Advertisement

Unravelling the Ecology of Antibiotic Resistant Bacteria in the Nasopharynx

  • Bambos M. CharalambousEmail author
  • Ndeky M. Oriyo
Protocol
Part of the Methods in Molecular Biology book series (MIMB, volume 642)

Abstract

To study the dynamics and diversity of pneumococcal carriage and antibiotic resistance, a more thorough and systematic approach has been employed compared with routine surveillance of serotype and anti­biotic resistance. Up to ten pneumococcal isolates from pernasal (nose) and oropharyngeal (throat) sites are isolated and characterised. Our carriage studies have revealed a diverse community of pneumococci with multiple strains colonising the nasopharynx of children. In Tanzanian children less than 6 years of age, up to six serotypes and up to six different antibiotic sensitivities (as distinguished by at least a fourfold difference in the minimum inhibitory concentration) have been found. Serotyping by the Quelling reaction is prone to inaccuracy and requires expensive serological reagents. To improve the accuracy and reduce the costs, an alternative capsular typing DNA-based method has been developed. This chapter will describe the methods we have employed with emphasis on the capsular typing method.

Key words

Streptococcus pneumoniae Capsular typing Nasopharyngeal colonisation Antibiotic resistance Diversity 

Notes

Acknowledgments

The authors wish to thank Dr. Steve Platt for his developing the novel Bionumerics script for the cluster analysis of in vitro and in silico data. We also thank Dr. Claire Jenkins for the data analysis shown in Figs. 2 and 3.

References

  1. 1.
    Gray BM, Converse GM III, Dillon HC (1980) J Infect Dis 142:923–933PubMedGoogle Scholar
  2. 2.
    Faden H, Duffy L, Wasielewski R, Wolf J, Krystofik D, Tung Y (1997) J Infect Dis 175:1440–1445CrossRefPubMedGoogle Scholar
  3. 3.
    Stromberg A, Friberg U, Cars O (1987) Eur J Clin Microbiol 6:525–529CrossRefPubMedGoogle Scholar
  4. 4.
    Lipsitch M (2001) Am J Epidemiol 154:85–92CrossRefPubMedGoogle Scholar
  5. 5.
    Coffey TJ, Dowson CG, Daniels M, Zhou J, Martin C, Spratt BG, Musser JM (1991) Mol Microbiol 5:2255–2260CrossRefPubMedGoogle Scholar
  6. 6.
    Coffey TJ, Enright MC, Daniels M, Morona JK, Morona R, Hryniewicz W, Paton JC, Spratt BG (1998) Mol Microbiol 27:73–83CrossRefPubMedGoogle Scholar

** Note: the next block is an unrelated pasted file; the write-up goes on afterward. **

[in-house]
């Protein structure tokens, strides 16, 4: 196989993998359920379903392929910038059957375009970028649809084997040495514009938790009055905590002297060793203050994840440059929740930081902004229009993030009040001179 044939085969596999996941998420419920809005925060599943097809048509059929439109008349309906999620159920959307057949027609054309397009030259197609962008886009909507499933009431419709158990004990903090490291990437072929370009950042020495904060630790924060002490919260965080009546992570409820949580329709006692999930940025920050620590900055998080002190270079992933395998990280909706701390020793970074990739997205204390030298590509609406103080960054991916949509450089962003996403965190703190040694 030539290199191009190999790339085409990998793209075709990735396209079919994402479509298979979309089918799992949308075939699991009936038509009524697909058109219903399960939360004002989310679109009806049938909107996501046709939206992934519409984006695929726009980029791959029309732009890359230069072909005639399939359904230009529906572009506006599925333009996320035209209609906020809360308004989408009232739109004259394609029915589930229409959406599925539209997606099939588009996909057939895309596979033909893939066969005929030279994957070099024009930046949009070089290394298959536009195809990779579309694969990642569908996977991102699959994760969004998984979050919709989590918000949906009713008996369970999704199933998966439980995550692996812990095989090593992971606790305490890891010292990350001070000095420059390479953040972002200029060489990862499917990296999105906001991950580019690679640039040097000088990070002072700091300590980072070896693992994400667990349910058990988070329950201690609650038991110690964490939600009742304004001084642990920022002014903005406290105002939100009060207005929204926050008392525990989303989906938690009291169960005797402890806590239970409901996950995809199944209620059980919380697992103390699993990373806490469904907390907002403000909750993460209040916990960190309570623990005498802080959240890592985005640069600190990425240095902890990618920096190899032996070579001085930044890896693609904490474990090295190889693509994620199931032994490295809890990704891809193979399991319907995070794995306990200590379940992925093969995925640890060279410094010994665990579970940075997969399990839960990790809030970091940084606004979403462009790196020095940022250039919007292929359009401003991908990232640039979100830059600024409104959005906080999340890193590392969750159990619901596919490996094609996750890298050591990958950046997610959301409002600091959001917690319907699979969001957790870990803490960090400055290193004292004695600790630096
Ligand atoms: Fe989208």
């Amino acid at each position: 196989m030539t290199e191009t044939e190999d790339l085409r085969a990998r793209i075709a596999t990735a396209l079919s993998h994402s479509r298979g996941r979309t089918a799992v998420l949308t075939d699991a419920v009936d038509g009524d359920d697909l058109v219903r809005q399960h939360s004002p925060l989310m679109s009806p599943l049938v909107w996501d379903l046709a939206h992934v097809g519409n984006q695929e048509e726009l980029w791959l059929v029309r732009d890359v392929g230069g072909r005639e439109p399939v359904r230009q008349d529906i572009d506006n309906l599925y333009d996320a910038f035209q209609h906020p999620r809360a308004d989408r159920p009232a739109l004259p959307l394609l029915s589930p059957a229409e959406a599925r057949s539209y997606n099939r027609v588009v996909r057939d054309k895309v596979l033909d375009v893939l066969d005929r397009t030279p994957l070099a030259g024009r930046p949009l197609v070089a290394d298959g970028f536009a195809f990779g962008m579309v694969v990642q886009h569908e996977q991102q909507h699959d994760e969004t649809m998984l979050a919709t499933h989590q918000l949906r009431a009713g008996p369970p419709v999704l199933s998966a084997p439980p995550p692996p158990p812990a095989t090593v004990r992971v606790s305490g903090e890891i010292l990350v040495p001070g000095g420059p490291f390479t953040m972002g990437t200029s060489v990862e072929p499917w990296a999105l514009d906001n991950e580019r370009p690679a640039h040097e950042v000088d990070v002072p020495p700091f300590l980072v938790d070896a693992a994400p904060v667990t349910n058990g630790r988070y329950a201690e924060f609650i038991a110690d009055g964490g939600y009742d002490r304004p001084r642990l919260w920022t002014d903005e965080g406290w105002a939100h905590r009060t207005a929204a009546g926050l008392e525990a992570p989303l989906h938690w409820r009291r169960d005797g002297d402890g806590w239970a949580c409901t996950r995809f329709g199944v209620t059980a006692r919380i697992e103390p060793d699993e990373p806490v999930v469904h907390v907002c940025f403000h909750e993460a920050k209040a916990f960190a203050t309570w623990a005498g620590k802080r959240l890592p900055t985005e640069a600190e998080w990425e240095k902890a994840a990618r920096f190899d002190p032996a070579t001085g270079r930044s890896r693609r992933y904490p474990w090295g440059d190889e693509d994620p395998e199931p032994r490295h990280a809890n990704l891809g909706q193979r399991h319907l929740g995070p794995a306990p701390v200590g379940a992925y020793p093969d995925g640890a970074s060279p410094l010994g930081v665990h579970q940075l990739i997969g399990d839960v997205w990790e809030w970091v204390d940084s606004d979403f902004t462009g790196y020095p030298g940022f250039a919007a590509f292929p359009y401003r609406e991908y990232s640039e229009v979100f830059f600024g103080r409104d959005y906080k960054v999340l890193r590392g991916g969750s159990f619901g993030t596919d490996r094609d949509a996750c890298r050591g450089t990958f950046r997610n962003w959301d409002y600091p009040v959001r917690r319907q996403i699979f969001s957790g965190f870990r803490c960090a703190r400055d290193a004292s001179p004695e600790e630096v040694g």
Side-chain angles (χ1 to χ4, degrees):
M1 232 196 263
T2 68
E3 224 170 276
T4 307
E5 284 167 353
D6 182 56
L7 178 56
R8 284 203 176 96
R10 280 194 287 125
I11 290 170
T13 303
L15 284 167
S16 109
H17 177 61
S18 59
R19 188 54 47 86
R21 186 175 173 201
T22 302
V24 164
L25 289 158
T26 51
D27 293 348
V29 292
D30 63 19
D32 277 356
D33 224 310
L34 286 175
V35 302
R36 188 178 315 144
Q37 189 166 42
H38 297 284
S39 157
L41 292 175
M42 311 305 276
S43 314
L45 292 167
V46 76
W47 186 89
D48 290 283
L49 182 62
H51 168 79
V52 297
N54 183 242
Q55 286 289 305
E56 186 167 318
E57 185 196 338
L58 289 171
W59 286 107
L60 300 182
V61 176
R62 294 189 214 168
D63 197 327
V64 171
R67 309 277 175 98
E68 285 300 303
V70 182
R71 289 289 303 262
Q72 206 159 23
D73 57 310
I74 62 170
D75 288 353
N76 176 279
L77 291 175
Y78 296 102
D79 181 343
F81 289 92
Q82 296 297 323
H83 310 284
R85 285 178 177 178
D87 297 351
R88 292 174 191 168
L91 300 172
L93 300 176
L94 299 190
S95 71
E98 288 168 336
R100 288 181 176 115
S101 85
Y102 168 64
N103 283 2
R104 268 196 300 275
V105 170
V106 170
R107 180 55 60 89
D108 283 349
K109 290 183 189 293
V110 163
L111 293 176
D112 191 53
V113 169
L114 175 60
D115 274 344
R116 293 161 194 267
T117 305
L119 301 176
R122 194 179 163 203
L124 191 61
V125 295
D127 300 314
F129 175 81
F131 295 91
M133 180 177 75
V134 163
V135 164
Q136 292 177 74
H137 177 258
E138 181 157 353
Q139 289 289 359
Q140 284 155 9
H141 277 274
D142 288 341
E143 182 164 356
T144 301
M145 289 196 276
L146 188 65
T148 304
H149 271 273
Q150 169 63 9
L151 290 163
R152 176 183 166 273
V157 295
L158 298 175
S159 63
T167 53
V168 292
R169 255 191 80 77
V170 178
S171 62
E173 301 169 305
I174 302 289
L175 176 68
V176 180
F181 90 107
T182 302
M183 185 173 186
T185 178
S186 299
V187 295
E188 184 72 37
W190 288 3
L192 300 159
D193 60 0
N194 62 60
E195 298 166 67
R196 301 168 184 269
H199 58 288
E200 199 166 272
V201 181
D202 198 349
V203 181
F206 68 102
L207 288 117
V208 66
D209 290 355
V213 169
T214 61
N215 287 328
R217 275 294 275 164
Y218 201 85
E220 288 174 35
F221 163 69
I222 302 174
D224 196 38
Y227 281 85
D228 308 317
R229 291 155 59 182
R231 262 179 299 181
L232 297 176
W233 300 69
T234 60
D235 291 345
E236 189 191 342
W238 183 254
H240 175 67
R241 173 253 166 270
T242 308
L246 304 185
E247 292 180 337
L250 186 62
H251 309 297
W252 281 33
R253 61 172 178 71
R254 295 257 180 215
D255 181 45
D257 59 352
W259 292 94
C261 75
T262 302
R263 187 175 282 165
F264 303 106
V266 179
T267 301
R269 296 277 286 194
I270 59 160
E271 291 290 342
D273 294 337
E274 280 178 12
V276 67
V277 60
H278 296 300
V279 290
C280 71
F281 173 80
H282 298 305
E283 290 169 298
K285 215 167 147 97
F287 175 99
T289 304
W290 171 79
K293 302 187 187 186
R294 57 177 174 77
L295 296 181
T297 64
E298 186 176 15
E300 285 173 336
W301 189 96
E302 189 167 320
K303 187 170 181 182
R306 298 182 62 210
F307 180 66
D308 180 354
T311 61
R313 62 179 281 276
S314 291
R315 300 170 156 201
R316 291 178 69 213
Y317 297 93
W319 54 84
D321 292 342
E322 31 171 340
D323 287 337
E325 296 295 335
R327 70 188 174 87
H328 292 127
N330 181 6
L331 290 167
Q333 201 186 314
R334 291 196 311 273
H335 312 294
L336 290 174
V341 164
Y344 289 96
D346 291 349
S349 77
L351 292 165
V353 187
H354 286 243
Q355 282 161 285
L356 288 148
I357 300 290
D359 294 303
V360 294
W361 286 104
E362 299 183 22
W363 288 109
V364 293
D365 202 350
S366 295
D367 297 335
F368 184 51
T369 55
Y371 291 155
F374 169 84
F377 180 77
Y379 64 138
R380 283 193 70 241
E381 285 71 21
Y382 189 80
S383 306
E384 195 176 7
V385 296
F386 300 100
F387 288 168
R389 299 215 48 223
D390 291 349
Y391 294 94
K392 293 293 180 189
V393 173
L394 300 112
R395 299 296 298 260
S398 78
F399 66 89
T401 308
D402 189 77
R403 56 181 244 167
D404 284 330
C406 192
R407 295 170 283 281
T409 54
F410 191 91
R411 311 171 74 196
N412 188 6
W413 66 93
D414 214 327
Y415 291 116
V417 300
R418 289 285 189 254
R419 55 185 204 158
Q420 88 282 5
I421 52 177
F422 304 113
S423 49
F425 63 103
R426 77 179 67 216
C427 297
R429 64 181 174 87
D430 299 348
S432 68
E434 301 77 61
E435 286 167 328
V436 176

7. 7.
    Dowson CG, Hutchison A, Brannigan JA, George RC, Hansman D, Liñares J, Tomasz A, Smith JM, Spratt BG (1989) Proc Natl Acad Sci USA 86:8842–8846CrossRefPubMedGoogle Scholar
  8. 8.
    Feil EJ, Enright MC, Spratt BG (2000) Res Microbiol 151:465–469CrossRefPubMedGoogle Scholar
  9. 9.
    Jefferies JM, Smith A, Clarke SC, Dowson C, Mitchell TJ (2004) J Clin Microbiol 42:5681–5688CrossRefPubMedGoogle Scholar
  10. 10.
    Charalambous BM, Oriyo NM, Gillespie SH (2008) J Clin Microbiol 46:2467–2468CrossRefPubMedGoogle Scholar
  11. 11.
    Hiller NL, Janto B, Hogg JS, Boissy R, Yu S, Powell E, Keefe R, Ehrlich NE, Shen K, Hayes J, Barbadora K, Klimke W, Dernovoy D, Tatusova T, Parkhill J, Bentley SD, Post JC, Ehrlich GD, Hu FZ (2007) J Bacteriol 189:8186–8195CrossRefPubMedGoogle Scholar
  12. 12.
    Whatmore AM, Barcus VA, Dowson CG (1999) J Bacteriol 181:3144–3154PubMedGoogle Scholar
  13. 13.
    Poulsen K, Reinholdt J, Jespersgaard C, Boye K, Brown TA, Hauge M, Kilian M (1998) Infect Immun 66:181–190PubMedGoogle Scholar
  14. 14.
    Gundel M, Okura G (1933) Z Hyg Infect 114:678–704CrossRefGoogle Scholar
  15. 15.
    Gratten M, Manning K, Dixon J, Morey F, Torzillo P, Hanna J, Erlich J, Asche V, Riley I (1994) Southeast Asian J Trop Med Public Health 25:123–131PubMedGoogle Scholar
  16. 16.
    Gratten M, Montgomery J, Gerega G, Gratten H, Siwi H, Poli A, Koki G (1989) Southeast Asian J Trop Med Public Health 20:501–509PubMedGoogle Scholar
  17. 17.
    Hansman D, Morris S, Gregory M, McDonald B (1985) J Hyg (Lond) 95:677–684CrossRefGoogle Scholar
  18. 18.
    Hansman D, Morris S (1988) Epidemiol Infect 101:411–417CrossRefPubMedGoogle Scholar
  19. 19.
    Billal DS, Hotomi M, Suzumoto M, Yamauchi K, Arai J, Katsurahara T, Moriyama S, Fujihara K, Yamanaka N (2008) Eur J Pediatr 167:401–407CrossRefPubMedGoogle Scholar
  20. 20.
    Pai R, Gertz RE, Beall B (2006) J Clin Microbiol 44:124–131CrossRefPubMedGoogle Scholar
  21. 21.
    Lawrence ER, Griffiths DB, Martin SA, George RC, Hall LM (2003) J Clin Microbiol 41:601–607CrossRefPubMedGoogle Scholar
  22. 22.
    Lawrence ER, Arias CA, Duke B, Beste D, Broughton K, Efstratiou A, George RC, Hall LM (2000) J Clin Microbiol 38:1319–1323PubMedGoogle Scholar
  23. 23.
    Batt SL, Charalambous BM, McHugh TD, Martin S, Gillespie SH (2005) J Clin Microbiol 43:2656–2661CrossRefPubMedGoogle Scholar
  24. 24.
    Arnold C, Metherell L, Clewley JP, Stanley J (1999) Res Microbiol 150:33–44CrossRefPubMedGoogle Scholar
  25. 25.
    Wei W, Davis RE, Lee IM, Zhao Y (2007) Int J Syst Evol Microbiol 57:1855–1867CrossRefPubMedGoogle Scholar
  26. 26.
    Sims EJ, Goyal M, Arnold C (2002) J Clin Microbiol 40:4072–4076CrossRefPubMedGoogle Scholar
  27. 27.
    Dice LR (1945) Ecology 26:297–302CrossRefGoogle Scholar
  28. 28.
    Sneath PH, Sokal RR (1973) Numerical taxonomy: the principles and practice of numerical classification. W.H. Freeman, San FranciscoGoogle Scholar
  29. 29.
    Charalambous BM, Batt SL, Peek AC, Mwerinde H, Sam N, Gillespie SH (2003) J Clin Microbiol 41:5551–5556CrossRefPubMedGoogle Scholar
  30. 30.
    Bauer AW, Kirby WM, Sherris JC, Turck M (1966) Tech Bull Regist Med Technol 36:49–52PubMedGoogle Scholar

Copyright information

© Springer Science+Business Media, LLC 2010

Authors and Affiliations

  1. 1.Centre for Clinical Microbiology Department of InfectionUniversity College LondonLondonUK
  2. 2.Clinical LaboratoryKilimanjaro Christian Medical Centre, Tumaini UniversityMoshiTanzania

Personalised recommendations